“When are you having kids?”

It feels like it happens overnight.

One day you wake up and all of the girlfriends that used to be right beside you closing down dance floors and eating MacD’s at 3AM suddenly have babies. As if the transition from birthday parties and stagette weekends to baby showers and gender reveals isn’t shocking enough, you now have people unabashedly asking you when you’ll be following in their footsteps. I’m not just talking about parents, who are so desperate for granbabies that they bring it up at least once a week at the dinner table. It comes from all directions; close friends and virtual strangers of both genders. You’ll probably hear it at work too, regardless of the fact that it’s a major HR faux pas.

I’m fascinated by this because although reproduction comes more naturally to humans than pretty much anything else (I mean look how many of us there are), it’s a complicated topic with a lot of layers that can bring up some tough emotions for the woman on the receiving end of the question.

Here are some things to consider before you go brazenly asking people an incredibly personal question as though it is any of your business;

  1. As women, we possess the physical anatomy to create human life. It’s amazing, and magical and one of many traits that separates us from our masculine counterparts. That being said, we have a lot of other really cool skills, talents and capabilities too. So to assume that a woman is going to have children just because she has ovaries is about as silly as assuming that she is going to run a marathon because she has legs. It is an incredibly personal decision that will impact every single minute of her life moving forward. It is a decision that should not be made lightly, should not be rushed and it definitely should not be made to avoid being on the receiving end of shame from the people in her life.

  2. If and when a woman has confirmed that children are something she would like to see in her future, a very preferable, although not completely mandatory prerequisite to having kids is finding a partner to undertake the process with. This takes time, and most of us have to work through a few failed trials before we find the right man. As a recent divorcee, I can attest to the process of separating from a partner being extremely challenging. Sharing children with someone is a lifelong commitment to collaborating with them as a parent regardless of where your romantic connection stands. Unless one parent decides not to remain involved which brings a whole new set of considerations. The point is that by making someone feel pressured to create offspring, you are oversimplifying the partner selection process and simultaneously undermining wherever they stand in their romantic journey.

  3. If there is one thing I have learned from watching the women in my life over the past 5 years it is that fertility and conception is something that can be unpredictable, difficult and incredibly stressful. This is one of the most under-addressed stresses that females deal with and I am amazed at how quietly most women cope. Most of us have never done fertility testing, and after spending years focused on not getting pregnant, the female body has to undergo a big shift to get into conception mode. It can take time to flush the remnants of hormonal contraception. Many couples have to try for a long time before a successful pregnancy, even years. They read books, eat certain foods and adhere to a strict sex schedule with bizarre positions that can be a lot less romantic than you would imagine. A positive pregnancy test is only the beginning of the journey; many women experience anxiety inducing complications and between 10 and 20 percent of known pregnancies miscarry. This loss can be devastating, often dealt with privately and brings a whole new level of pressure when the trying resumes. Can you imagine the identity crisis that could result from not being able to conceive after receiving messaging throughout our lives that this is the only thing we are good for?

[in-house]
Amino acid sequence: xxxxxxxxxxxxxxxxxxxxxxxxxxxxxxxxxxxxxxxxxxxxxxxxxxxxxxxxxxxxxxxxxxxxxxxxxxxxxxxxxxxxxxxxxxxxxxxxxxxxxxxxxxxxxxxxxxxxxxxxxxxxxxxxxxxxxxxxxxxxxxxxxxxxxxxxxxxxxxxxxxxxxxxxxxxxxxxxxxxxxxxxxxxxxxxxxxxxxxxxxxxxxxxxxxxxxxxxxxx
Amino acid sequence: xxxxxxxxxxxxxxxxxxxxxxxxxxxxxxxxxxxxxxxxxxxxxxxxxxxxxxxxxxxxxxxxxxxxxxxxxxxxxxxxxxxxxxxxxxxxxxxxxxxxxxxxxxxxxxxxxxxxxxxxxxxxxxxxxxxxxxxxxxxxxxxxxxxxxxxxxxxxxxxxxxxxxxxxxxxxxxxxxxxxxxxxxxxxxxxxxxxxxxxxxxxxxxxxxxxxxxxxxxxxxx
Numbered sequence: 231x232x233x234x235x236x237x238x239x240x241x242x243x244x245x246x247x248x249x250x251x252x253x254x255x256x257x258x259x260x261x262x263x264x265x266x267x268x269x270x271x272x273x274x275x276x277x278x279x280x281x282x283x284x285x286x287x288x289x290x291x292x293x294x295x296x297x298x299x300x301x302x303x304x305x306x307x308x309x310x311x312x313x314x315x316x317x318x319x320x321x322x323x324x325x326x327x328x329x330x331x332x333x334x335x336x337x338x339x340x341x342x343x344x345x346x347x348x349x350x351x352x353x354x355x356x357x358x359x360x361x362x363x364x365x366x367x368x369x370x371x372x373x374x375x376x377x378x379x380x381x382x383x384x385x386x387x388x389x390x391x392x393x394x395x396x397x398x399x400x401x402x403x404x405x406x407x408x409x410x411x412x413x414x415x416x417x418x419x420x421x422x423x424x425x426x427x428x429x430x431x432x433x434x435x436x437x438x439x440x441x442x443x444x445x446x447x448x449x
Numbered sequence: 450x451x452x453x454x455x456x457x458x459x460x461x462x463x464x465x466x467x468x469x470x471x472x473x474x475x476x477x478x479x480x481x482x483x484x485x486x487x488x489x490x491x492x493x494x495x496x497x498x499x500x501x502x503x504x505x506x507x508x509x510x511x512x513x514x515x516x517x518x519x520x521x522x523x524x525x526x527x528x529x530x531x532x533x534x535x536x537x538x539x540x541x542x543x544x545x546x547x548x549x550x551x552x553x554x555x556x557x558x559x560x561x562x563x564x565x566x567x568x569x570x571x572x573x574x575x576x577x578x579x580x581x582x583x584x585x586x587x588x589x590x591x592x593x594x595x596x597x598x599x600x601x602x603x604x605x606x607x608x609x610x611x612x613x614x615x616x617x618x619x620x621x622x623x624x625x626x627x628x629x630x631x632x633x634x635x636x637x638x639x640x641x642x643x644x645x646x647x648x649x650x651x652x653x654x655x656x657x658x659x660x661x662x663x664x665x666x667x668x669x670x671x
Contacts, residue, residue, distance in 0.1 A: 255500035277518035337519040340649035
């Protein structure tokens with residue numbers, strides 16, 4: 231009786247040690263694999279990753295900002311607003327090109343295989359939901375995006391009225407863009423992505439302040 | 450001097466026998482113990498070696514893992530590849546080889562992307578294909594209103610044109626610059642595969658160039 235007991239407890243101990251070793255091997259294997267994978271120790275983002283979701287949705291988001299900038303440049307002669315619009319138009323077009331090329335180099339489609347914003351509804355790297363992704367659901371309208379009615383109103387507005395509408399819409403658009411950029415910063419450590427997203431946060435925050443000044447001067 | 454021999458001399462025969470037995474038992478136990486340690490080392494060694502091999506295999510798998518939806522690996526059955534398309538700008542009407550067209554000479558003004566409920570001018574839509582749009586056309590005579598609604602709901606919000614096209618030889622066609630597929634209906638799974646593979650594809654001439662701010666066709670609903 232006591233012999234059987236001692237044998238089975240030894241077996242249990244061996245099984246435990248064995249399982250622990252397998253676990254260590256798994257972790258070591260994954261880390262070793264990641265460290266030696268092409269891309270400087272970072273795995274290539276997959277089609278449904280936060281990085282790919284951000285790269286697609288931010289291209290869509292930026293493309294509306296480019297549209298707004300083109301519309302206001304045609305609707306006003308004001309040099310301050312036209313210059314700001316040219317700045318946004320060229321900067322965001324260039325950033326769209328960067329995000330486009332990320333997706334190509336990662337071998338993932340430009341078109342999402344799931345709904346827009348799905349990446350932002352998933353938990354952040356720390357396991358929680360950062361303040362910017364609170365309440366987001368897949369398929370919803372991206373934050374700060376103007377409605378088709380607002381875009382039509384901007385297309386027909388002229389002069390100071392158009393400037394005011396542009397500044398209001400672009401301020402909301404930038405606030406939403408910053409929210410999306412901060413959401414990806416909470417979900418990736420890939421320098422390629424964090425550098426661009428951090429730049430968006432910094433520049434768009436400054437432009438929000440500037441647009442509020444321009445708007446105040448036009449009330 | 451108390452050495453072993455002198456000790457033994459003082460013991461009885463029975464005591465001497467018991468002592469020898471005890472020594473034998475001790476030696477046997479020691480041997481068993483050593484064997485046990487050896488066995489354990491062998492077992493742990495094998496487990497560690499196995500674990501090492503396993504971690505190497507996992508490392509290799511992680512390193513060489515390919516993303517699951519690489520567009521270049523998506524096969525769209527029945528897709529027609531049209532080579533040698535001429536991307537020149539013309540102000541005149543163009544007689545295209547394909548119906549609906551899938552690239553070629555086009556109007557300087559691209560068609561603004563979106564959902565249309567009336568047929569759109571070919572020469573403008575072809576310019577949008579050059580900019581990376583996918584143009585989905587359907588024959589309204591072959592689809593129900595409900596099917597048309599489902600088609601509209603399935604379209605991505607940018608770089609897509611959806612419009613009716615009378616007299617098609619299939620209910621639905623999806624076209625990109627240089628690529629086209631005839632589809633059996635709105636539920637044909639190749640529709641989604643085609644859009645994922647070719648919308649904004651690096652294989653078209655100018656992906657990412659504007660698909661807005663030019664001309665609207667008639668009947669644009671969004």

All of this is to say that the bluntness and repetition with which this question is asked is inconsiderate. Not only are you assuming that a woman has chosen this path for her life, but you are not considering the possibility that, even if she has, it may not be an accessible option for her. So don’t make assumptions, and if you do decide to broach this with someone make sure you have the appropriate connection and standing in her life before doing so. Choose your words carefully, refrain from judgement of any kind and make sure she feels safe and supported in discussing this incredibly sensitive topic with you.

Let’s normalize safe and healthy discussions around this topic, Girl Gang. May the women in our lives never have to suffer in silence.

This blog was written by Jillian Kruschell, Regional Vice President for Crowned for Success (Canada West) and Founder of Hype Girl Coaching, a Life Coaching Practice exclusively for females focused on empowerment, self love, and smashing goals!

Check out Hype Girl at www.hypegirl.ca or on IG @hypegirlcoaching



Jillian is a keener, a competitor and a strong believer in the power of discipline as a life changing force. She graduated top of her class with a degree in International Business. She has career experience in the small business realm and the giant corporation sector. She thrives in a fast paced environment and believes that ability to pivot quickly and adapt to change with an open mind will make or break your success. She is a relationship builder who thrives on human connection, laughter, positive energy and loud music. She is an Regional Vice President for Crowned for Success and she created HYPE GIRL, a life coaching practice focused on female empowerment, because she is passionate about sharing wins with other women.

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